“It was a beautiful spring night, the air rain-washed and smelling of crushed blossoms, and Henry felt as if the muscles of his body were singing in unison.”
― Peter Swanson, Her Every Fear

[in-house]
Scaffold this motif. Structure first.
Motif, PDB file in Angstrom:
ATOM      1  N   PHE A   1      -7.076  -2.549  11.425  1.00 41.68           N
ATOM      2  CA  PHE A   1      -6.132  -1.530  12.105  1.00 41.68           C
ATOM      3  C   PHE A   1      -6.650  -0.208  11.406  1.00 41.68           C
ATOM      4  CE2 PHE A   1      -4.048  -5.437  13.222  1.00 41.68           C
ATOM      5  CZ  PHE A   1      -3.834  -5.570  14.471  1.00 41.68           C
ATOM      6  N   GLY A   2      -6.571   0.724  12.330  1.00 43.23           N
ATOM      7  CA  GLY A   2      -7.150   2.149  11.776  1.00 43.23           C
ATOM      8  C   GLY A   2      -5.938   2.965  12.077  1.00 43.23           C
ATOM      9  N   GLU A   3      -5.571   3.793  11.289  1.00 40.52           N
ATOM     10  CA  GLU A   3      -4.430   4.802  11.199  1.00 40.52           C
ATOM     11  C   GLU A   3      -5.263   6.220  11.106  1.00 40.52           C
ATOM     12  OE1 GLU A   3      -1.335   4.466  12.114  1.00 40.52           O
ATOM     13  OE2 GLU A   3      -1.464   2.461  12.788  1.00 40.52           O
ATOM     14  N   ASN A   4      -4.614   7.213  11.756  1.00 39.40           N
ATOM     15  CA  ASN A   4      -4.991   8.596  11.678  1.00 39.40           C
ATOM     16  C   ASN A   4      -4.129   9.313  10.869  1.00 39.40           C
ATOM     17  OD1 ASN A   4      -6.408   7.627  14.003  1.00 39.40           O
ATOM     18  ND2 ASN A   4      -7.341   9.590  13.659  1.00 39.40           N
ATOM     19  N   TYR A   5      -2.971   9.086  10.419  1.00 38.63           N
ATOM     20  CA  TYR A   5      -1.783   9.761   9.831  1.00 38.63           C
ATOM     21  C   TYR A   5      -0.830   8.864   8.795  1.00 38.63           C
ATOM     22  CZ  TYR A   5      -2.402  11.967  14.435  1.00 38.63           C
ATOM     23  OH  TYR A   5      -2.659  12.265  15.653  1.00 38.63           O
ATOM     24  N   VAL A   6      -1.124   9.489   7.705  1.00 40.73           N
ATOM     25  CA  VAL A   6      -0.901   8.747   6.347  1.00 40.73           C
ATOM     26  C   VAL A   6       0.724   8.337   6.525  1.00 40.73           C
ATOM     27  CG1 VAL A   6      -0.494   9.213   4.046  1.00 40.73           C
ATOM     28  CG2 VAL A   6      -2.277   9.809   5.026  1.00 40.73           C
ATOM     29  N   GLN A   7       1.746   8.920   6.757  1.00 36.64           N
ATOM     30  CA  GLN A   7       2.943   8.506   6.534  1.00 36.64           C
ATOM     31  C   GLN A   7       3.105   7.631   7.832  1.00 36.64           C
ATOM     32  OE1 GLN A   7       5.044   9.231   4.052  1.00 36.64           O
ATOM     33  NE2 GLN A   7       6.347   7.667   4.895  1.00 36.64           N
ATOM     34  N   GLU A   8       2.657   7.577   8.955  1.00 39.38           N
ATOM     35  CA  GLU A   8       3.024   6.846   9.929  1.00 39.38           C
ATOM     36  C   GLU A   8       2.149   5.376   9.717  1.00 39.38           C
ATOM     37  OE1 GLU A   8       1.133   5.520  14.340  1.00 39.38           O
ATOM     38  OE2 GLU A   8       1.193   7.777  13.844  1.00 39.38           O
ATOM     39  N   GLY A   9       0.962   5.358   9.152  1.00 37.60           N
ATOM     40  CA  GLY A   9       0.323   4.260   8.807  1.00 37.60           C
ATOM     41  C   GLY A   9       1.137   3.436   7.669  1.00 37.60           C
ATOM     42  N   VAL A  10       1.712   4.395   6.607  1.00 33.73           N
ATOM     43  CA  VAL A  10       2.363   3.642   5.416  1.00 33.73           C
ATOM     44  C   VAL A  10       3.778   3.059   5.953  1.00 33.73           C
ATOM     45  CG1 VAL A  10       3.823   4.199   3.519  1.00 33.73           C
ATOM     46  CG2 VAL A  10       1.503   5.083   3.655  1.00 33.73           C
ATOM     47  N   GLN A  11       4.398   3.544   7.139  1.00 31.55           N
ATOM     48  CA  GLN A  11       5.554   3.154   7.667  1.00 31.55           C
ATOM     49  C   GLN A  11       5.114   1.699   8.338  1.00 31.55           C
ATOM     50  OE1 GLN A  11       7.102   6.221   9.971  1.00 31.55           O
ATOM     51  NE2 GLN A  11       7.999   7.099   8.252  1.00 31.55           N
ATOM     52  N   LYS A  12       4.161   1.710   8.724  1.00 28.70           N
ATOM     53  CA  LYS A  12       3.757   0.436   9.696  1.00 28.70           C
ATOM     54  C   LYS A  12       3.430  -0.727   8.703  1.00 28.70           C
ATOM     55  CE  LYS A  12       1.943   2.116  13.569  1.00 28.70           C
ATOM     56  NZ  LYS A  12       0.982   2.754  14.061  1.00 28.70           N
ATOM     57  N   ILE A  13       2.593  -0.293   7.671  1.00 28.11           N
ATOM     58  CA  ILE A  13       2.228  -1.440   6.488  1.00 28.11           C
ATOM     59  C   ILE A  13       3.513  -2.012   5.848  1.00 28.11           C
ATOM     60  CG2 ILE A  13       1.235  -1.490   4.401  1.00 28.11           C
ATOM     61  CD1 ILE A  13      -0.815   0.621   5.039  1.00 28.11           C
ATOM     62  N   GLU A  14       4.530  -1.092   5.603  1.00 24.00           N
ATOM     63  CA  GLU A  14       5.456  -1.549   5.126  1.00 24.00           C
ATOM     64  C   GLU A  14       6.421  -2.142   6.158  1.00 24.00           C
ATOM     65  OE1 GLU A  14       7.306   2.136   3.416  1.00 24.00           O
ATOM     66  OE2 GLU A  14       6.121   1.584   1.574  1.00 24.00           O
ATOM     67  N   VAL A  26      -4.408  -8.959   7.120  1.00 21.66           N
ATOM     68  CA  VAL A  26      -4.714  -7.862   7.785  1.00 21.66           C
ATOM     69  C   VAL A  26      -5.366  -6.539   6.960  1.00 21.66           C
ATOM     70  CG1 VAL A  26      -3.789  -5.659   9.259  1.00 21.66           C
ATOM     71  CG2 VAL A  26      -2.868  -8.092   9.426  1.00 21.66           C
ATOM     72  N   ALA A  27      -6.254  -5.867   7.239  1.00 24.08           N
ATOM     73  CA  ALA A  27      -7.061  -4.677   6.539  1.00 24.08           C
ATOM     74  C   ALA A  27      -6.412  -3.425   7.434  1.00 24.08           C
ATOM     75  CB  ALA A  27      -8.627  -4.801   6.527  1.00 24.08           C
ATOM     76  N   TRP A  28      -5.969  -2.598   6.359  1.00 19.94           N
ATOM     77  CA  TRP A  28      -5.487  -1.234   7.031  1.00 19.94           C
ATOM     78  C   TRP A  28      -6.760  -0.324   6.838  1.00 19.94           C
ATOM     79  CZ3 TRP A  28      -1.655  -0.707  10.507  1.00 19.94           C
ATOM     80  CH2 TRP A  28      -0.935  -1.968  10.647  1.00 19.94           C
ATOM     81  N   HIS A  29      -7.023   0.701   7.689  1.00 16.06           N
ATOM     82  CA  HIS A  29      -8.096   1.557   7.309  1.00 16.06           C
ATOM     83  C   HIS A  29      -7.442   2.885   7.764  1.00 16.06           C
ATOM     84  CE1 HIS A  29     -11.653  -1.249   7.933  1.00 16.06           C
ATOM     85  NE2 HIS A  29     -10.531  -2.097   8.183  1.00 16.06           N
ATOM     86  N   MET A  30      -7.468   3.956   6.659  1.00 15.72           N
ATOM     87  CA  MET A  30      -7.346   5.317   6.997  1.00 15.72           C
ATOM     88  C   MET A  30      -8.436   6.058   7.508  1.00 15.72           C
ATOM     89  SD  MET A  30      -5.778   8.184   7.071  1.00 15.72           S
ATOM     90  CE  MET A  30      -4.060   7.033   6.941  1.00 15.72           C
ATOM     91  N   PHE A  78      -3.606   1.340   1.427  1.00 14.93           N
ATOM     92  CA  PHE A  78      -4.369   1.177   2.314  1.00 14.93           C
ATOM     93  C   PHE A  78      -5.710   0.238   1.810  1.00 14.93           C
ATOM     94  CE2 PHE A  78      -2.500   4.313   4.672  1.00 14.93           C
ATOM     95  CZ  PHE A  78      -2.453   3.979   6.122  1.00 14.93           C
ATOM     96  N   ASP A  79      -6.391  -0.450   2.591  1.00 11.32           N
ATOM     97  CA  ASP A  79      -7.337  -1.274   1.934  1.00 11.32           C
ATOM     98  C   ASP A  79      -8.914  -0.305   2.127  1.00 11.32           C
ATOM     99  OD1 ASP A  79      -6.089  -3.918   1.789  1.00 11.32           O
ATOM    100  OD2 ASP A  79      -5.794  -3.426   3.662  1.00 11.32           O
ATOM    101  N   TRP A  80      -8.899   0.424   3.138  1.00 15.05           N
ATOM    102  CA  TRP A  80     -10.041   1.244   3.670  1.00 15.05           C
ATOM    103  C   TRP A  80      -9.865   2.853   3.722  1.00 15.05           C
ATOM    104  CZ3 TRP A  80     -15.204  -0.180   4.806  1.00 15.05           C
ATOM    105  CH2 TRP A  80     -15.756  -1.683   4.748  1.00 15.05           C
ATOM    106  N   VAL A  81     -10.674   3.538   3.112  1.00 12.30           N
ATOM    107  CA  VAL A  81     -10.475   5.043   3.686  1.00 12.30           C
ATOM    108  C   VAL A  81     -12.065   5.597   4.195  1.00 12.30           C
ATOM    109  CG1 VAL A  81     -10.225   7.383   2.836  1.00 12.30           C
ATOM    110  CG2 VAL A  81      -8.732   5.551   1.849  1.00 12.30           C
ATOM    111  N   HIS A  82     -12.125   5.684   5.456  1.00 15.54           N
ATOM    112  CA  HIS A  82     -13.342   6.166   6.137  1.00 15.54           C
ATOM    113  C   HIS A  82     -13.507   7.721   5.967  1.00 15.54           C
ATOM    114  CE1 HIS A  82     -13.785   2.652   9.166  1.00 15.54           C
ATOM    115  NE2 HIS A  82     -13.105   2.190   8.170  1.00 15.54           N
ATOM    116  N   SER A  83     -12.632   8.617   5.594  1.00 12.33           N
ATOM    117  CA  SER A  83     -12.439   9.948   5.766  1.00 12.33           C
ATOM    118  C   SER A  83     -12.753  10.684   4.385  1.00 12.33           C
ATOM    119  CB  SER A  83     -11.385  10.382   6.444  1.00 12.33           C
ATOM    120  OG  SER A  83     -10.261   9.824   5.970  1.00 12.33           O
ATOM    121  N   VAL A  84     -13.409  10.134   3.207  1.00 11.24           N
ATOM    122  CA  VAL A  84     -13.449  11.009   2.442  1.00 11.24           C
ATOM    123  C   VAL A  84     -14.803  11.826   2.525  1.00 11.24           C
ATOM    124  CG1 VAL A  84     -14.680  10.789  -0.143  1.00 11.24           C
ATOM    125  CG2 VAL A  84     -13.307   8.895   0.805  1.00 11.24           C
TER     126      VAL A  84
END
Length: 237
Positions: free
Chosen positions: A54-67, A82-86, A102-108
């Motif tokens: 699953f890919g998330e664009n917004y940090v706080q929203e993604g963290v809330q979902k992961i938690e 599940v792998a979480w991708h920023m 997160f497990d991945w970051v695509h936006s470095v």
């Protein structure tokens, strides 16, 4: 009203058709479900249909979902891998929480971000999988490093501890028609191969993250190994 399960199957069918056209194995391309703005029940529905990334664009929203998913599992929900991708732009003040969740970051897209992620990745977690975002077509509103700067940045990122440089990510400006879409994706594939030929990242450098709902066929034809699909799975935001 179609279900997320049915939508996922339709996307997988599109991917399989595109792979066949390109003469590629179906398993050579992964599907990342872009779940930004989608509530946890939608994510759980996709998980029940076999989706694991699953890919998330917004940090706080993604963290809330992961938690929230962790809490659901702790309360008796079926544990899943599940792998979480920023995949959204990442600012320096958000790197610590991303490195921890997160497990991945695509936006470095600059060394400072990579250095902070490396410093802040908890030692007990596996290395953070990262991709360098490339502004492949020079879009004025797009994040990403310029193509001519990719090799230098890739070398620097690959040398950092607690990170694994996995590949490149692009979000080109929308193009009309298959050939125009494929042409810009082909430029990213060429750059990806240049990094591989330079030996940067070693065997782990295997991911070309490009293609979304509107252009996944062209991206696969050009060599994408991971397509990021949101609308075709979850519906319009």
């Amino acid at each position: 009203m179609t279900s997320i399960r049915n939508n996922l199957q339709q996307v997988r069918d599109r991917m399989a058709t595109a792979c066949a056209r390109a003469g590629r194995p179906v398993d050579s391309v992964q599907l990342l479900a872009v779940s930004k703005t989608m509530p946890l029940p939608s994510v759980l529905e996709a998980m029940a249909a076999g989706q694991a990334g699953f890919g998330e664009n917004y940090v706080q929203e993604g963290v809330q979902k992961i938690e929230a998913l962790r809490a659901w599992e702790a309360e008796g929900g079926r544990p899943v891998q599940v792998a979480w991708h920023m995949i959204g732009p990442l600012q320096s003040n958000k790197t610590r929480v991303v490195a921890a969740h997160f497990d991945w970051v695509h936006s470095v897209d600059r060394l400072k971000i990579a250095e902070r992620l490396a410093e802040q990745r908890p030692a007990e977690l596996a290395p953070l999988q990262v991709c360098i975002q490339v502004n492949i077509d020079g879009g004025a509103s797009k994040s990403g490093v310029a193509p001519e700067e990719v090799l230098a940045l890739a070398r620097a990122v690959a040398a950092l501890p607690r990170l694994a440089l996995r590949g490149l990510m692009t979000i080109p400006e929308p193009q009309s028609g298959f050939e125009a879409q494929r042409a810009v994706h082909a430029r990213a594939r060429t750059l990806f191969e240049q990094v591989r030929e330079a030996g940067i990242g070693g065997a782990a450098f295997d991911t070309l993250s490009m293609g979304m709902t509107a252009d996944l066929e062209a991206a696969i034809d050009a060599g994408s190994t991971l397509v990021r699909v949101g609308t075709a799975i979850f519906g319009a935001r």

Her Every Fear is my second book by Peter Swanson, and after his thrilling previous novel, The Kind Worth Killing I had rather lofty expectations. The story is told from multiple POVs, which I usually enjoy and which is done well, definitely adding an element of uncertainly, and which made me wonder which, if any, of the narrators was reliable. Kate Priddy agrees to a house swap with a cousin, Corbin Dell, whom she has never met. She travels to Boston to move into his luxurious apartment, while he goes to London to take her flat. What becomes clear, though flash-backs and the development of the story, is that both are trying to run from something in their past. When the woman in Kate's (formerly Corbin's) apartment is found gruesomely murdered, Kate finds herself wondering about this cousin who is really a stranger to her, and whether he could be connected to the crime. I won't say much more on the plot for fear of spoiling it, but it is certainly fast-paced, with interesting characters and solid writing. My little gripe with the story is that I felt it was a little predictable. Maybe I've been reading too much crime fiction, but somehow I sense who the murderer was very early on. This did not keep me from wanting to know if I was right, but when the resolution came, I was a little underwhelmed. That being said, I absolutely sped through this, and definitely look forward to whatever Swanson comes up with next.